“Depression is one of the diagnoses of metal disorder which is most related to suicidal behavior, assuming a risk of suicide 20 times higher compared to the general population; however, depression is a highly prevalent disorder and fortunately most people with depression do not commit suicide, “he added.

“In the Canary Islands, due to its peculiar orography and its geographic dispersion, we must bring Mental Health resources closer to the population to guarantee accessibility and equity in care,” said Dr. Natalia González Brito, head of the Mental Health Service of the Canary Islands Health Service (SCS).

Appropriate clinical evaluation and intervention constitute the main suicide prevention tool in the clinical setting. In the evaluation, multiple potentially involved factors are taken into consideration, among which the risk factors, protective factors, or the characteristics of the suicidal behavior stand out. “For this reason, it is crucial to make a comprehensive approach to the person who suffers, taking into account a cross-sectional perspective of care for Mental Disorders,” said this expert.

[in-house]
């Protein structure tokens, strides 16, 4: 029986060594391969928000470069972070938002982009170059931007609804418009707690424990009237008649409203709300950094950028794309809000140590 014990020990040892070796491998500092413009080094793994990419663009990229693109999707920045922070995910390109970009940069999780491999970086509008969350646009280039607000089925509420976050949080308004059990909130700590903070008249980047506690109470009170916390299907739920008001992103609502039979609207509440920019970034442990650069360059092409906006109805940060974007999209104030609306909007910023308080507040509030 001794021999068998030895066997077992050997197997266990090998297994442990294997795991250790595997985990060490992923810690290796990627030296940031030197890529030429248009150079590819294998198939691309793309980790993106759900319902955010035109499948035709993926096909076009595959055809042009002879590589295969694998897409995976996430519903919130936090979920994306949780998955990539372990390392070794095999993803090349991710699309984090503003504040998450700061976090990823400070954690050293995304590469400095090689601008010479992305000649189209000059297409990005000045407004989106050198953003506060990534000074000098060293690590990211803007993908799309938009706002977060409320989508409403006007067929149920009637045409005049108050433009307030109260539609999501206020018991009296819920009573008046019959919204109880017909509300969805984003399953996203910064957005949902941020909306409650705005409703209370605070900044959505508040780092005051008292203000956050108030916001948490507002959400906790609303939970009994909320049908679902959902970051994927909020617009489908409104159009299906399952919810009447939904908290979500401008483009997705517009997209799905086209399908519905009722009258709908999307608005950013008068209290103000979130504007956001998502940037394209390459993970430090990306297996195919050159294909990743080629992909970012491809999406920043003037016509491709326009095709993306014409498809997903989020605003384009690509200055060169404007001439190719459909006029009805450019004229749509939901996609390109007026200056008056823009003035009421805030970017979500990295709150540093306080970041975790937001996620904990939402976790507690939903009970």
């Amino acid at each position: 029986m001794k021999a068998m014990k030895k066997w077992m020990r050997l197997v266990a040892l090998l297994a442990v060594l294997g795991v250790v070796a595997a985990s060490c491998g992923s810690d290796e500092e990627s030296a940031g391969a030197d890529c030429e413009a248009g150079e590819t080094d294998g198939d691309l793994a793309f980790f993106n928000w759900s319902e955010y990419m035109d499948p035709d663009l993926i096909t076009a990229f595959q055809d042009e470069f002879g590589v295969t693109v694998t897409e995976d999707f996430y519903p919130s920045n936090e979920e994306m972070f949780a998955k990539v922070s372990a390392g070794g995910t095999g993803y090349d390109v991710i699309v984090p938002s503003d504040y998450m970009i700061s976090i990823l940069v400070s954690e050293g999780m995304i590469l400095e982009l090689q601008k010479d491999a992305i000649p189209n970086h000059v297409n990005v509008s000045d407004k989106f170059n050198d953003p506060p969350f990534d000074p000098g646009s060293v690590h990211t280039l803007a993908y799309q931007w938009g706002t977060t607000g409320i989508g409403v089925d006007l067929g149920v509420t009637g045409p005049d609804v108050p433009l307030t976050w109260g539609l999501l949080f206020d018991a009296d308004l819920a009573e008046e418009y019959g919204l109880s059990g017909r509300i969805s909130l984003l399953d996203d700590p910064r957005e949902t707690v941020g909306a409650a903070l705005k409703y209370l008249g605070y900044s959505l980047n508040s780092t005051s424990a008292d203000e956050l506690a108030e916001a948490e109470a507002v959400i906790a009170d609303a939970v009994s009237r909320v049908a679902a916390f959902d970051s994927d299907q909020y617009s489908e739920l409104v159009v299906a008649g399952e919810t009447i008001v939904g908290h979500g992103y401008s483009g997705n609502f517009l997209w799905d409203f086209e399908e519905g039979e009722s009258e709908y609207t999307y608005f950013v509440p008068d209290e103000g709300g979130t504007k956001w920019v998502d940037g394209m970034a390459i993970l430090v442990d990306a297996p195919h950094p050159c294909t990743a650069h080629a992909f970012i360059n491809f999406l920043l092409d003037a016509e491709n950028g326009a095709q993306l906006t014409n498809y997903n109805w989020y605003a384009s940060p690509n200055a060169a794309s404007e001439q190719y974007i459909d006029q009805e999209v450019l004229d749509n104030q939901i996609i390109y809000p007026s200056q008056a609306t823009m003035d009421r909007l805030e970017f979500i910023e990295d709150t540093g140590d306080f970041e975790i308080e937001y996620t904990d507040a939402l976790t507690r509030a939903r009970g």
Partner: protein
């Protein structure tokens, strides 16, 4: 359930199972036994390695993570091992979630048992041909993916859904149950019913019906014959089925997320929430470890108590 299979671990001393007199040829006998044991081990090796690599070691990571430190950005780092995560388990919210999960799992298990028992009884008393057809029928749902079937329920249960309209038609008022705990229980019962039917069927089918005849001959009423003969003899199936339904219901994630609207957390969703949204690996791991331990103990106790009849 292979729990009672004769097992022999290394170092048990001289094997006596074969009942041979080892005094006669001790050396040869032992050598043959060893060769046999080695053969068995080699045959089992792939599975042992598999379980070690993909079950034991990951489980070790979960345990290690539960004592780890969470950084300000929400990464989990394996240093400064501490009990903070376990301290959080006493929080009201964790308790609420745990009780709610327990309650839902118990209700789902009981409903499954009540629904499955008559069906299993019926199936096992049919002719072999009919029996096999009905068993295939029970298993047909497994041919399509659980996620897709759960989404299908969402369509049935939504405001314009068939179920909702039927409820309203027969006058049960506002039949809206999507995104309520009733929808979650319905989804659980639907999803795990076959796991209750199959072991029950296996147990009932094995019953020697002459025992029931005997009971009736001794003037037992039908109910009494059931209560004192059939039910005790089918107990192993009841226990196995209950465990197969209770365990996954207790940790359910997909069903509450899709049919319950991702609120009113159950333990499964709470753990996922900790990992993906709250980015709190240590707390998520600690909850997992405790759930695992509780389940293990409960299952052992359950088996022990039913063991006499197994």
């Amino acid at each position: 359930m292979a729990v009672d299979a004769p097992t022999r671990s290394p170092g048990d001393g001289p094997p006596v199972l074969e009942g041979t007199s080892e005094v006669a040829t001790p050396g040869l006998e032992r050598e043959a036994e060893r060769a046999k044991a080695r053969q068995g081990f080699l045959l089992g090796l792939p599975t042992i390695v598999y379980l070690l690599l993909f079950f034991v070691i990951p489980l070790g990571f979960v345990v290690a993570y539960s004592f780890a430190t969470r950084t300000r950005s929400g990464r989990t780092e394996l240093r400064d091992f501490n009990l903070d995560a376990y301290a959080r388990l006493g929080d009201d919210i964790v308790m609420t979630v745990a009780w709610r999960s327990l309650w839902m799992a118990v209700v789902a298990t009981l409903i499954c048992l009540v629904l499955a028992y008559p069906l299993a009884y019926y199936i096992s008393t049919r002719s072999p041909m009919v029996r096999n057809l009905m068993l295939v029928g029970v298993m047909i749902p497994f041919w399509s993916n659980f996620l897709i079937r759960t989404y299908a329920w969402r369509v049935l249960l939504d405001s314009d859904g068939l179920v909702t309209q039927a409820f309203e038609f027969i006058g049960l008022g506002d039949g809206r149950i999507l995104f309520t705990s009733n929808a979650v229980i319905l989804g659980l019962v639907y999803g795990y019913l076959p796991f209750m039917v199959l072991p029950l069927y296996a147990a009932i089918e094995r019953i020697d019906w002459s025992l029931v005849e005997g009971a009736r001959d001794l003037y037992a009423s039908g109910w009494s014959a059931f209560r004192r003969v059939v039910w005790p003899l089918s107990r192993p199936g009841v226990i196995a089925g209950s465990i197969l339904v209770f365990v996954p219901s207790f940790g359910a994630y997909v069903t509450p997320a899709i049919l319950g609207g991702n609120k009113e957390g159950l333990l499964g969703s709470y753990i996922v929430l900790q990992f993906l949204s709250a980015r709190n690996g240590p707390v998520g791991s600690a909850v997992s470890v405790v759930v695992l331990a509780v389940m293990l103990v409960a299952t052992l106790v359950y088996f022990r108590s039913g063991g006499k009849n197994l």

As explained by González Brito, the Canary Islands Mental Health Plan 2019-2023 (PSMC) has a specific strategic line dedicated to the ‘Prevention and treatment of suicidal behavior’. “The Program for the prevention of suicidal behavior in the Canary Islands involves the technical development of the objectives and actions contained in the PSMC. This Program, although it is based on what is established in the aforementioned strategic line, broadens its scope in certain areas that basically include preventive actions to mitigate the probable negative effects of the SARS-CoV-2 pandemic, the differentiation of specific actions directed at the child and adolescent population and the information systems “, González Brito has clarified.